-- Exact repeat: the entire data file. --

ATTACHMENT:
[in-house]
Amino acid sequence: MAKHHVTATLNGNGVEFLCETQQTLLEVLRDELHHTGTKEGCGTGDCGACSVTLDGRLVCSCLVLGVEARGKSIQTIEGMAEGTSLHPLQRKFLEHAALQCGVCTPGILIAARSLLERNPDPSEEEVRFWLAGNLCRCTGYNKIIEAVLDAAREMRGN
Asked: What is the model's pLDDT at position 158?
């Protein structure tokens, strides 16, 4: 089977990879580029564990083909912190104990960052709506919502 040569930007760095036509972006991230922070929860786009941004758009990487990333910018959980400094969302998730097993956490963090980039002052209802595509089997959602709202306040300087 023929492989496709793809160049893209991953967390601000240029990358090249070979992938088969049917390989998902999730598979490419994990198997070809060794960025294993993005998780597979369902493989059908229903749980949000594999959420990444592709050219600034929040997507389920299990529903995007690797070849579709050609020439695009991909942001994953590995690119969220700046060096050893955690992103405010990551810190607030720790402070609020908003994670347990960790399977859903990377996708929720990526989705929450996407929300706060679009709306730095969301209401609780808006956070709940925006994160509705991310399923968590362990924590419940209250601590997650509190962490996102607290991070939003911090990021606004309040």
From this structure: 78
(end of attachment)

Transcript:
[in-house]
Amino acid sequence: MAKHHVTATLNGNGVEFLCETQQTLLEVLRDELHHTGTKEGCGTGDCGACSVTLDGRLVCSCLVLGVEARGKSIQTIEGMAEGTSLHPLQRKFLEHAALQCGVCTPGILIAARSLLERNPDPSEEEVRFWLAGNLCRCTGYNKIIEAVLDAAREMRGN
Asked: What is the model's pLDDT at position 158?
């Protein structure tokens, strides 16, 4: 089977990879580029564990083909912190104990960052709506919502 040569930007760095036509972006991230922070929860786009941004758009990487990333910018959980400094969302998730097993956490963090980039002052209802595509089997959602709202306040300087 023929492989496709793809160049893209991953967390601000240029990358090249070979992938088969049917390989998902999730598979490419994990198997070809060794960025294993993005998780597979369902493989059908229903749980949000594999959420990444592709050219600034929040997507389920299990529903995007690797070849579709050609020439695009991909942001994953590995690119969220700046060096050893955690992103405010990551810190607030720790402070609020908003994670347990960790399977859903990377996708929720990526989705929450996407929300706060679009709306730095969301209401609780808006956070709940925006994160509705991310399923968590362990924590419940209250601590997650509190962490996102607290991070939003911090990021606004309040």
From this structure: 78